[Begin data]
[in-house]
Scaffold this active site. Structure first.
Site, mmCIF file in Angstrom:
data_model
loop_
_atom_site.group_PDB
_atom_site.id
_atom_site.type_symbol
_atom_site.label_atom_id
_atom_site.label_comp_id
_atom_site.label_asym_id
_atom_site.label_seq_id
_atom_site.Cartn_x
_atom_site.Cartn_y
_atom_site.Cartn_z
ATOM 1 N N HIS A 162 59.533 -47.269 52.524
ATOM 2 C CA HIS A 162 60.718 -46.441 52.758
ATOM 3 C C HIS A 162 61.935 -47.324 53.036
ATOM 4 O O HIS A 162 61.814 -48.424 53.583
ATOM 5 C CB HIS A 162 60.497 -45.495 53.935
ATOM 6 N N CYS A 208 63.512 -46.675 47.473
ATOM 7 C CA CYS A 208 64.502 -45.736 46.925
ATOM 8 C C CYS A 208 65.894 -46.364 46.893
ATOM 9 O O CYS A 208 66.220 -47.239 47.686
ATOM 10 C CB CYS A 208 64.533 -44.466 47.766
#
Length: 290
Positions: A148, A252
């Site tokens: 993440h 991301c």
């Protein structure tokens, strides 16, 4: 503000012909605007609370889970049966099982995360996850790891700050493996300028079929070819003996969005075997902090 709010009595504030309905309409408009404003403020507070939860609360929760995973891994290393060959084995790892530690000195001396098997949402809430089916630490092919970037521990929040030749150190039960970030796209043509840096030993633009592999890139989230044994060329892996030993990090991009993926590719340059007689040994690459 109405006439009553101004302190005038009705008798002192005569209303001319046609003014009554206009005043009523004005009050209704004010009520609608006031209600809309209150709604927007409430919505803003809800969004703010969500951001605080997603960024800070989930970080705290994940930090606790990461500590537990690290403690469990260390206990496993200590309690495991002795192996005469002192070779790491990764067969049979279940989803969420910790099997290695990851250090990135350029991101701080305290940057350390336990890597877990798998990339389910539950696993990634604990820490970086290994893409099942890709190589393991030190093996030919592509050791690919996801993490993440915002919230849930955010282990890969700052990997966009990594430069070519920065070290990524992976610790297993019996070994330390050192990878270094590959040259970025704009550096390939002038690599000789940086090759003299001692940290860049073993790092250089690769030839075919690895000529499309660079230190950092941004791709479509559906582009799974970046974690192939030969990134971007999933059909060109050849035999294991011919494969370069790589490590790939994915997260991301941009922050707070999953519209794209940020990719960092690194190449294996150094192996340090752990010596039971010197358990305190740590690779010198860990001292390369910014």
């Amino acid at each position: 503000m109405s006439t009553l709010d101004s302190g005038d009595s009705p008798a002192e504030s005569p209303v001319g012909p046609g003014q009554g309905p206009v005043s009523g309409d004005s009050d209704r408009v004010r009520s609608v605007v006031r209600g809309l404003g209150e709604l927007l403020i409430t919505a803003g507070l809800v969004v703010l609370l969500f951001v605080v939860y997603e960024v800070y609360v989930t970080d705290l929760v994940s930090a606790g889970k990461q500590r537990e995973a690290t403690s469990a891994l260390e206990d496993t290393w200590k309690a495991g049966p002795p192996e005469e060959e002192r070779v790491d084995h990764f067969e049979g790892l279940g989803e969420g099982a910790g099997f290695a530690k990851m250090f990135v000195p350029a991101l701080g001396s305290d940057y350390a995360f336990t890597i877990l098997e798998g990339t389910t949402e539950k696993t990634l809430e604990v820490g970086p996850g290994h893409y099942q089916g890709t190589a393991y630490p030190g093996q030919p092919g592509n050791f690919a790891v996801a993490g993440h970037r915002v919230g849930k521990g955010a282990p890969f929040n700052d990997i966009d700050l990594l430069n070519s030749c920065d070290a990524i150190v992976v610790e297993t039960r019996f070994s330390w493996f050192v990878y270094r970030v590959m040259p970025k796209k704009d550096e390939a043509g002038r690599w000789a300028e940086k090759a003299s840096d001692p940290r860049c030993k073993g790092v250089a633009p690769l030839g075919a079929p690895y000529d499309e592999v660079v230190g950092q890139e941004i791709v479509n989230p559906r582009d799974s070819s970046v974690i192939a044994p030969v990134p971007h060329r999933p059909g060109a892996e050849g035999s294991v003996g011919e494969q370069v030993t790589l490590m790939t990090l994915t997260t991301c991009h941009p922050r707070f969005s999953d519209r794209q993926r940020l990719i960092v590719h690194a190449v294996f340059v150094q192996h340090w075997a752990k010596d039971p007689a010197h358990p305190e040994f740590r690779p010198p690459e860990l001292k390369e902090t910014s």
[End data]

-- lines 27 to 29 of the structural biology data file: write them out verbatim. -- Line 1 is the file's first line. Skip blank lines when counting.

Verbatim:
Length: 290
Positions: A148, A252
């Site tokens: 993440h 991301c």